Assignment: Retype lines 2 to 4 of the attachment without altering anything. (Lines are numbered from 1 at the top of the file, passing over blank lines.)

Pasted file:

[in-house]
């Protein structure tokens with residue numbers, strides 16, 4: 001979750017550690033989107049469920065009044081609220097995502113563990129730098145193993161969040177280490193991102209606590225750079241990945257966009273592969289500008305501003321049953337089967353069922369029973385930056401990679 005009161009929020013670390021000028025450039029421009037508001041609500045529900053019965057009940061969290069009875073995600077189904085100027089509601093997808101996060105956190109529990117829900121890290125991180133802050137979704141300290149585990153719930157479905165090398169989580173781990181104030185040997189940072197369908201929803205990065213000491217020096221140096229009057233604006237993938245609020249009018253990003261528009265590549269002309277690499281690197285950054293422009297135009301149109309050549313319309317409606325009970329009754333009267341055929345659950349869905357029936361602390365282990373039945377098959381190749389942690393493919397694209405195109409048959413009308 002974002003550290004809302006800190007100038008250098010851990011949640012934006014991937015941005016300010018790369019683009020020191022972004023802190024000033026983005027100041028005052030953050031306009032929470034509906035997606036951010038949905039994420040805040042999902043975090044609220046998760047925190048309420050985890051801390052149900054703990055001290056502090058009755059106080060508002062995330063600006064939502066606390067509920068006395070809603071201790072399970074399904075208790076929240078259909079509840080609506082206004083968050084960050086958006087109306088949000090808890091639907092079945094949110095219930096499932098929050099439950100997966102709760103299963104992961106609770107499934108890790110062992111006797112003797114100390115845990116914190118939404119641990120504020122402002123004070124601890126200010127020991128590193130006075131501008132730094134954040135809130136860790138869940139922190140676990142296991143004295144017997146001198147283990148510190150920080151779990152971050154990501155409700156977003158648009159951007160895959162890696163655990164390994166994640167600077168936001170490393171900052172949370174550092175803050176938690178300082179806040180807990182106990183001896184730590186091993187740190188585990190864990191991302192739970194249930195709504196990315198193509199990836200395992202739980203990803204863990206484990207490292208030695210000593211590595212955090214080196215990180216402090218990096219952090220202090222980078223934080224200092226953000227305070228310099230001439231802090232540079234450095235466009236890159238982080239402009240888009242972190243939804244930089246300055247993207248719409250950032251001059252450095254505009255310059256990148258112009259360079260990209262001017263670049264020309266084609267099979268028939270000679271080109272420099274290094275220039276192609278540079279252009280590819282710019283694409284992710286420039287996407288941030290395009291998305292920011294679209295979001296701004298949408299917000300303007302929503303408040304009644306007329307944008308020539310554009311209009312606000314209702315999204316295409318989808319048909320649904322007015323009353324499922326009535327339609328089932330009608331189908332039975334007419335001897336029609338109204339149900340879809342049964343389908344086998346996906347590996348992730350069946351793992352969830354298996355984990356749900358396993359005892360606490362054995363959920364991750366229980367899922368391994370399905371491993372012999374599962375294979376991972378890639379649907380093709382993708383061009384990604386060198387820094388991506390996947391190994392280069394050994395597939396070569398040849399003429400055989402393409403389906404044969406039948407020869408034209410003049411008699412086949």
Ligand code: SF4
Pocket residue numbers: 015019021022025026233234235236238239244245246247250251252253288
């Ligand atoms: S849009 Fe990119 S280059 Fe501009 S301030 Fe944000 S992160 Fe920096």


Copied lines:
């Protein structure tokens with residue numbers, strides 16, 4: 001979750017550690033989107049469920065009044081609220097995502113563990129730098145193993161969040177280490193991102209606590225750079241990945257966009273592969289500008305501003321049953337089967353069922369029973385930056401990679 005009161009929020013670390021000028025450039029421009037508001041609500045529900053019965057009940061969290069009875073995600077189904085100027089509601093997808101996060105956190109529990117829900121890290125991180133802050137979704141300290149585990153719930157479905165090398169989580173781990181104030185040997189940072197369908201929803205990065213000491217020096221140096229009057233604006237993938245609020249009018253990003261528009265590549269002309277690499281690197285950054293422009297135009301149109309050549313319309317409606325009970329009754333009267341055929345659950349869905357029936361602390365282990373039945377098959381190749389942690393493919397694209405195109409048959413009308 002974002003550290004809302006800190007100038008250098010851990011949640012934006014991937015941005016300010018790369019683009020020191022972004023802190024000033026983005027100041028005052030953050031306009032929470034509906035997606036951010038949905039994420040805040042999902043975090044609220046998760047925190048309420050985890051801390052149900054703990055001290056502090058009755059106080060508002062995330063600006064939502066606390067509920068006395070809603071201790072399970074399904075208790076929240078259909079509840080609506082206004083968050084960050086958006087109306088949000090808890091639907092079945094949110095219930096499932098929050099439950100997966102709760103299963104992961106609770107499934108890790110062992111006797112003797114100390115845990116914190118939404119641990120504020122402002123004070124601890126200010127020991128590193130006075131501008132730094134954040135809130136860790138869940139922190140676990142296991143004295144017997146001198147283990148510190150920080151779990152971050154990501155409700156977003158648009159951007160895959162890696163655990164390994166994640167600077168936001170490393171900052172949370174550092175803050176938690178300082179806040180807990182106990183001896184730590186091993187740190188585990190864990191991302192739970194249930195709504196990315198193509199990836200395992202739980203990803204863990206484990207490292208030695210000593211590595212955090214080196215990180216402090218990096219952090220202090222980078223934080224200092226953000227305070228310099230001439231802090232540079234450095235466009236890159238982080239402009240888009242972190243939804244930089246300055247993207248719409250950032251001059252450095254505009255310059256990148258112009259360079260990209262001017263670049264020309266084609267099979268028939270000679271080109272420099274290094275220039276192609278540079279252009280590819282710019283694409284992710286420039287996407288941030290395009291998305292920011294679209295979001296701004298949408299917000300303007302929503303408040304009644306007329307944008308020539310554009311209009312606000314209702315999204316295409318989808319048909320649904322007015323009353324499922326009535327339609328089932330009608331189908332039975334007419335001897336029609338109204339149900340879809342049964343389908344086998346996906347590996348992730350069946351793992352969830354298996355984990356749900358396993359005892360606490362054995363959920364991750366229980367899922368391994370399905371491993372012999374599962375294979376991972378890639379649907380093709382993708383061009384990604386060198387820094388991506390996947391190994392280069394050994395597939396070569398040849399003429400055989402393409403389906404044969406039948407020869408034209410003049411008699412086949």
Ligand code: SF4
Pocket residue numbers: 015019021022025026233234235236238239244245246247250251252253288